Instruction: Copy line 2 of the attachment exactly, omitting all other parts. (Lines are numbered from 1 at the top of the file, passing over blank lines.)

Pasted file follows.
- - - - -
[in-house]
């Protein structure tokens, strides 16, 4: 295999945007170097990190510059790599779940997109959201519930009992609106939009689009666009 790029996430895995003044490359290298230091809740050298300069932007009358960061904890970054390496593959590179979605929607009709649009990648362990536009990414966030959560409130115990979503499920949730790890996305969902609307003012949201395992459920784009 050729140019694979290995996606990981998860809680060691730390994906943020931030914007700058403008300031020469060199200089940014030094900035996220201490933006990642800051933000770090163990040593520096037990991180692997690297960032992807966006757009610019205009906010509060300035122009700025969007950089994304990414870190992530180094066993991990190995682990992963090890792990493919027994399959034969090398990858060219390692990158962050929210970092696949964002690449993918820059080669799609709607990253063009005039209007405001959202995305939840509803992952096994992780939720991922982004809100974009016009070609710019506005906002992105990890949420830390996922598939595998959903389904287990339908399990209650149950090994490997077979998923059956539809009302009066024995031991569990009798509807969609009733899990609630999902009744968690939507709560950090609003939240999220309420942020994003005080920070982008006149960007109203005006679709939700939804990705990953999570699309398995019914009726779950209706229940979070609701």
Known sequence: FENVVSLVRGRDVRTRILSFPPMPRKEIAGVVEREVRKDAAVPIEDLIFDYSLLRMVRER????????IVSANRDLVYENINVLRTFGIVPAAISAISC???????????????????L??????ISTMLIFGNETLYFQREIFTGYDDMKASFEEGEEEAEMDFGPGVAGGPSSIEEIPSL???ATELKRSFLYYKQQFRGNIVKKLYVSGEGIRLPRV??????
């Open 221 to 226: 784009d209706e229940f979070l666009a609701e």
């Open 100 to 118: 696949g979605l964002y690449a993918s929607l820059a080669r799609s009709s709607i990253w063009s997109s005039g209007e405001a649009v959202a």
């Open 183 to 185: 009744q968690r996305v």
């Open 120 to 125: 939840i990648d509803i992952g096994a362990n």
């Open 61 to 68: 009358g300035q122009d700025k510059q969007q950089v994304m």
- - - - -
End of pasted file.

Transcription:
């Protein structure tokens, strides 16, 4: 295999945007170097990190510059790599779940997109959201519930009992609106939009689009666009 790029996430895995003044490359290298230091809740050298300069932007009358960061904890970054390496593959590179979605929607009709649009990648362990536009990414966030959560409130115990979503499920949730790890996305969902609307003012949201395992459920784009 050729140019694979290995996606990981998860809680060691730390994906943020931030914007700058403008300031020469060199200089940014030094900035996220201490933006990642800051933000770090163990040593520096037990991180692997690297960032992807966006757009610019205009906010509060300035122009700025969007950089994304990414870190992530180094066993991990190995682990992963090890792990493919027994399959034969090398990858060219390692990158962050929210970092696949964002690449993918820059080669799609709607990253063009005039209007405001959202995305939840509803992952096994992780939720991922982004809100974009016009070609710019506005906002992105990890949420830390996922598939595998959903389904287990339908399990209650149950090994490997077979998923059956539809009302009066024995031991569990009798509807969609009733899990609630999902009744968690939507709560950090609003939240999220309420942020994003005080920070982008006149960007109203005006679709939700939804990705990953999570699309398995019914009726779950209706229940979070609701």